The first time I tried herbal tea, I was not a believer. In fact, it took me quite a while to become one, and I have only recently become a recommender. For a while, I thought I could do better fetching old lawn clippings and heating those up with water. Which, well, maybe it would taste good. Who knows. But I continued my campaign for herbal tea even while I didn’t believe in it, because I believed in the idea of it; fruity, caffeine-less, a possible alternative to the hot chocolate addictions that run in my family.
By the way, since herbal teas are not derived from the plants that make up non-herbal tea, it is not really a tea at all but an infusion of herbs, fruits, and flowers. It’s proper name is a tisane. But I might use both words, just because.
Keys to a good iced tisane
Or maybe just my own keys:
- Strength of the “brew”–or it will taste like grass clippings. Start with a 2-to-1 ratio (two tea bags, or the equivalent in loose tisane to-water ratio). You can always add more ice or water, but you cannot take away.
- Sweeten! I have usually used honey for its taste and dissolvibility, but I have found that ordinary granulated sugar also does the job. You will probably need more than you think (again, test first), but it will be a whole lot less than any artificially-flavored punch junk you’d find on any shelf
- Plenty of ice! Hot tisane is good. Cold, refreshing tisane is fantastic. Medium, warm-day-in-a-car hot is gross.
- Don’t forget to steep! I let mine steep much longer than needed.
Also, not a key as in you’ll die without it, but I like a teaspoon of lemon juice or so per cup. Warm, spice-laden tisanes are best for hot tisane; I just can’t drink much Ginger Snappish or Sugarplum Spice iced; think of gingerbread in cold water. It really helps, no matter the flavor.
My current favorite teas
Most tisanes you’d like hot will make a good iced tisane, but I especially like anything citrusy or with heavy berry notes, or anything made from a fruit that would be dark-colored. A few of my current favorites:
- SerendipTea’s Ruby Sipper. Tart with blood oranges, but also sweet. A very deep, pretty, well, ruby color.
- Rishi’s Honey Plum Iced Tea–organic and fair trade.
- Stash’s Wild Raspberry Tea–classicly berry. I like to mix this with a lemon or lemon-ginger.
If you have kids at home who regularly drink juice–and they all do–try a little iced tisane tea instead. Think of it as punch with less sugar. They may not like it much at first, but it’ll probably save you money on dental visits for filling cavities, and you’ll get a grown-up drink, too, instead of red punch with high-fructose corn syrup and preservatives you can’t even pronounce and don’t need. (Vitamin C -fortified? What the! Do you know how easy it is to get vitamin C in your diet? All you practically have to do is breathe! You can get vitamin toxicity, you know.)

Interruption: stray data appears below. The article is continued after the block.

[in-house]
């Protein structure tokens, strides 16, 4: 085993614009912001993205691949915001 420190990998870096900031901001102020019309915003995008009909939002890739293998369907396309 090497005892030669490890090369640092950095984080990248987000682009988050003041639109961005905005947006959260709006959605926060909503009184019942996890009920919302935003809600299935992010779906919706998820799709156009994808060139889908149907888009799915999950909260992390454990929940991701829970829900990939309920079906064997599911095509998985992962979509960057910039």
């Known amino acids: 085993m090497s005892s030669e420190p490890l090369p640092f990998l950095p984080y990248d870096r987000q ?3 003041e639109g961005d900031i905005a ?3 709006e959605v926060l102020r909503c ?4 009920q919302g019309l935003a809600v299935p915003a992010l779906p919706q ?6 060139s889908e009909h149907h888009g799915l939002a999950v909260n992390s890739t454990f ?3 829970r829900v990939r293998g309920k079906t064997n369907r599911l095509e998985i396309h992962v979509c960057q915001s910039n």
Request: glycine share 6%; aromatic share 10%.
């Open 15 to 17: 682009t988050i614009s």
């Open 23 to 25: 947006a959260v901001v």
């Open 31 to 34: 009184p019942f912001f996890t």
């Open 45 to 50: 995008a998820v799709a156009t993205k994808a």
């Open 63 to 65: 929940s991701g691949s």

I know kids will drink you out of juice if given it, but it’s not necessarily so great for them, especially if given at a young age and especially if in a bottle. The sugary drink drips into their mouths, and the sugar pools there, sticking to their teeth and forming plaque. What’s more, here’s the truth you may not want to know–fruit drinks have as much sugar and as many calories as does soda pop. So cut it out! Give them a piece of fruit with all the benefits intact and no additives, and try a little of this as a substitute.
Need more reasons?
- Lots of sugar = chronic diseaseAmericans have a love affair with sugar. I know. We all do. But it is a large contributor to the growing health concerns we face as a nation, and the ages for these effects are getting younger and younger. Diabetes, heart disease, obesity with its multitude of pitfalls (did you know many cancers are associated with being overweight?), and so many others…your risk can be reduced as you reduce sugar intake.
- As you’ve no doubt heard, many teas come with fantastic benefits. Although the caffeinated teas are the real superstars here (green tea has been touted in everything from ice cream to eye shadow), fruit- or herb-based teas are helpers, too. The antioxidants available in the whole fruit/herb/flower are also in the dried version.
It is so good. I have gone through several pitchers’ worth in the last few days, and when you’re thirsty and it’s hot (or even warm) outside, it is very, very good. And for you.